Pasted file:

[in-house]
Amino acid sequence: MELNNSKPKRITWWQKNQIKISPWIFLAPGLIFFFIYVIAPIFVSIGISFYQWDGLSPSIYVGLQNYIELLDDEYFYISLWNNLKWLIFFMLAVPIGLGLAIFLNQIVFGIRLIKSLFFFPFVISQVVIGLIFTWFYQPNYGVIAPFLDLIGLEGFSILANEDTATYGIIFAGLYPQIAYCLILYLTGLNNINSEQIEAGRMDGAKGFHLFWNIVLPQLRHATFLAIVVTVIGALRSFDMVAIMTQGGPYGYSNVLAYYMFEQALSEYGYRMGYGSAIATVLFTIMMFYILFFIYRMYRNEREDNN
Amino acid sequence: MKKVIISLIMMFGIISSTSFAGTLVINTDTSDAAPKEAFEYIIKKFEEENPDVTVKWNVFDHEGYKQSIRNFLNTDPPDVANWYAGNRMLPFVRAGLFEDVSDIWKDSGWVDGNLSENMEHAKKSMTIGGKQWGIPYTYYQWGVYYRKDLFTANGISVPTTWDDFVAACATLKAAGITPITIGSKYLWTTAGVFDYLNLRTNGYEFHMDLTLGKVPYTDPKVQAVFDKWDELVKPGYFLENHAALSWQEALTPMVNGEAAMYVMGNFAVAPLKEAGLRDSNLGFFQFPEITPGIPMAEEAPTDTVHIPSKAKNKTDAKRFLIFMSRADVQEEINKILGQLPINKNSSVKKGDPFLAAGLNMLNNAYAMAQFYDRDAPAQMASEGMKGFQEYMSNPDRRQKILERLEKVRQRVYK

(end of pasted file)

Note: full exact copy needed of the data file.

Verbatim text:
[in-house]
Amino acid sequence: MELNNSKPKRITWWQKNQIKISPWIFLAPGLIFFFIYVIAPIFVSIGISFYQWDGLSPSIYVGLQNYIELLDDEYFYISLWNNLKWLIFFMLAVPIGLGLAIFLNQIVFGIRLIKSLFFFPFVISQVVIGLIFTWFYQPNYGVIAPFLDLIGLEGFSILANEDTATYGIIFAGLYPQIAYCLILYLTGLNNINSEQIEAGRMDGAKGFHLFWNIVLPQLRHATFLAIVVTVIGALRSFDMVAIMTQGGPYGYSNVLAYYMFEQALSEYGYRMGYGSAIATVLFTIMMFYILFFIYRMYRNEREDNN
Amino acid sequence: MKKVIISLIMMFGIISSTSFAGTLVINTDTSDAAPKEAFEYIIKKFEEENPDVTVKWNVFDHEGYKQSIRNFLNTDPPDVANWYAGNRMLPFVRAGLFEDVSDIWKDSGWVDGNLSENMEHAKKSMTIGGKQWGIPYTYYQWGVYYRKDLFTANGISVPTTWDDFVAACATLKAAGITPITIGSKYLWTTAGVFDYLNLRTNGYEFHMDLTLGKVPYTDPKVQAVFDKWDELVKPGYFLENHAALSWQEALTPMVNGEAAMYVMGNFAVAPLKEAGLRDSNLGFFQFPEITPGIPMAEEAPTDTVHIPSKAKNKTDAKRFLIFMSRADVQEEINKILGQLPINKNSSVKKGDPFLAAGLNMLNNAYAMAQFYDRDAPAQMASEGMKGFQEYMSNPDRRQKILERLEKVRQRVYK